Letter: Fracking is Coming to Portage County

Letters to the editor may be emailed to matt.fredmonsky@patch.com

To the Editor:

As a retired property owner in Portage County, I dread the arrival of the oil and gas industry’s rush to fracking. Although we haven’t signed a lease for our land, we know that in this rural area, the industry only needs 65 percent of owners to agree — then they can drill even if we say no.

And when drilling is planned near homes, most banks, HUD, and FHA won’t give loans, so we can’t expect to sell and move elsewhere. Also, as soon as a drilling permit is signed, property values will be cut in half — money home-owners planned for old age. In the event of an accident causing surface or well contamination, our property will be worth nothing.

Fracking is on its way to Portage County. Already chemically laced frack fluid waste water is being trucked into beautiful Hiram for disposal right off S.R. 82. It is transported here in massive trucks because Pennsylvania banned it there. Do we really, really want all this?

I fear for our air, water aquifers, lovely lands, and (of course) for my own financial future. We just can’t give all this up for the profitable corporations of oil and gas.

Mary Greer

Portage County Resident

Greg August 22, 2011 at 02:51 PM
Sixty drinking water wells were examined in New York and Pennsylvania to look at contamination by fracking. The results: "Methane concentrations were 17-times higher on average in shallow wells from active drilling and extraction areas than in wells from nonactive areas." The methane was from "deeper thermogenic," sources, not "shallower, biologically derived." Source: Osborn et al. 2011. Methane contamination of drinking water accompanying gas-well drilling and hydraulic fracturing. Proceedings of the National Academy of Sciences.
Michelle Sahr August 22, 2011 at 03:53 PM
Seems like there is a lot of debate. I've heard intelligent arguments on both sides of this issue. My problem with it is that this process is relatively new and we do not know the long term effects it might have on our water, our environment and our health. I am not sure that I trust the information put out on the safety of "fracking" because of the profit motive behind it. It is all a big question in my head and the benefits don't outweigh the potential risks. @ Mary I am wondering why you feel the home values will go down so much? Do you have data on this?
L Babbey August 22, 2011 at 06:05 PM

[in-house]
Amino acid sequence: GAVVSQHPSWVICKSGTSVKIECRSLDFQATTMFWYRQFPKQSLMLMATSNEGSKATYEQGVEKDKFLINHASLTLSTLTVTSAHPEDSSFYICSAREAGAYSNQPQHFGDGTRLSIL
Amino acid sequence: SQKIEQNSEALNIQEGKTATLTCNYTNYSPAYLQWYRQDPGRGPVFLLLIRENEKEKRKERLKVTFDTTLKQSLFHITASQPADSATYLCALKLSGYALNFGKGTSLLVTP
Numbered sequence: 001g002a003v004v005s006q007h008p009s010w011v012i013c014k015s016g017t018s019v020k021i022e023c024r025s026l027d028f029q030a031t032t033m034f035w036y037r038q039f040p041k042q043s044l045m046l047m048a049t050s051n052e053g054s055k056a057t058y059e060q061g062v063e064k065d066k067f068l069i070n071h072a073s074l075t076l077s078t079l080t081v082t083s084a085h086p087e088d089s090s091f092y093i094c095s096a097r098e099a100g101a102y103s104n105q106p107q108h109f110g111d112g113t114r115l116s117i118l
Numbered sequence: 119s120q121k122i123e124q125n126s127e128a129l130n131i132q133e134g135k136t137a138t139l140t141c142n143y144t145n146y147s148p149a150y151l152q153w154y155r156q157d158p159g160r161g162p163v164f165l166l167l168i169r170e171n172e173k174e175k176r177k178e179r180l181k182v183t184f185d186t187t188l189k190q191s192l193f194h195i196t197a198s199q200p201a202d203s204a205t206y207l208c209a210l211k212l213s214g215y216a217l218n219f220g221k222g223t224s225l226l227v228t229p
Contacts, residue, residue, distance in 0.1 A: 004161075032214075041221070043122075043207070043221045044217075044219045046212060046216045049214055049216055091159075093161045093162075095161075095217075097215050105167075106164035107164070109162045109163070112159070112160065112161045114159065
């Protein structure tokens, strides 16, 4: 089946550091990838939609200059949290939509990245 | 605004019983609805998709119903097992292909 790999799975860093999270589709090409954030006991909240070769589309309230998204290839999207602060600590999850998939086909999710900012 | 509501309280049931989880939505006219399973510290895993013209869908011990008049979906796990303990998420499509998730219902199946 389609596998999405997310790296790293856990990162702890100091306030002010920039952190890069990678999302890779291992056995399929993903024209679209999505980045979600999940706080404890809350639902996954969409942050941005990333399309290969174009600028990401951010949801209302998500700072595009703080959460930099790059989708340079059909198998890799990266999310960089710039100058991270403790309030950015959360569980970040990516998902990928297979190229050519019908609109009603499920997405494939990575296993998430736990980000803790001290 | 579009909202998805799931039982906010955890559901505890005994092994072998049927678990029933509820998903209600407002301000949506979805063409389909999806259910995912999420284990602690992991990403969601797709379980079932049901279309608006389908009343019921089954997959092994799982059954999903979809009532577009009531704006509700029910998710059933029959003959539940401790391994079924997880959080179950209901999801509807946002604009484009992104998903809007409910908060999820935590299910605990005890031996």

Michelle, For simple examples of property devaluation read "Houses for Shale," Pike County Courier, June, 2010. Also read "Drilling Can Dig Into Land Value" September 2010, Denton Record Chronicle. These are only two examples of what's happening across the country.
David Badagnani August 23, 2011 at 12:28 AM
"Already chemically laced frack fluid waste water is being trucked into beautiful Hiram for disposal right off S.R. 82." What does this mean--the wastewater is being dumped onto the ground or into a ditch on the side of the road?
Kelly August 23, 2011 at 04:34 AM
Hydraulic fracturing has been used by the petroleum industry since the late 1940's.
David Badagnani August 23, 2011 at 05:03 AM
This is a misleading comment. Anyone who has done their research on this issue knows that deep shale low viscosity hydro-fracking (hydraulic fracturing)--the kind that injects water mixed with toxic chemicals such as benzene, then brings them back up along with all kinds of other substances that were already down below such as radioactive radium 226, creating a serious problem of disposal--is new.
Dave August 23, 2011 at 12:16 PM
Move over Silver Oaks, Patch commentators have a new axe to grind!
Jim Moore August 23, 2011 at 01:18 PM
What is the name of the company that wants to drill in Portage county?
jennifer wang August 23, 2011 at 01:43 PM
Water vs. gas. Which is vital to our existence!? It's water for me.
Liz Rosenbaum August 23, 2011 at 02:07 PM
Banks in Pennsylvania won't write new mortgages for pending sales in shale country because the water source is suspect. There's been a lot of coverage about this in our local papers. It's like we're using gold (water) to drill for silver (gas). But the Real problem here is the toxic waste, and the overflow waste that winds up in neighboring states.... Liz R., KeepTapWaterSafe.org
Chriss August 23, 2011 at 04:13 PM
Interesting fracking is to begin, just across the street from Silver Oaks.


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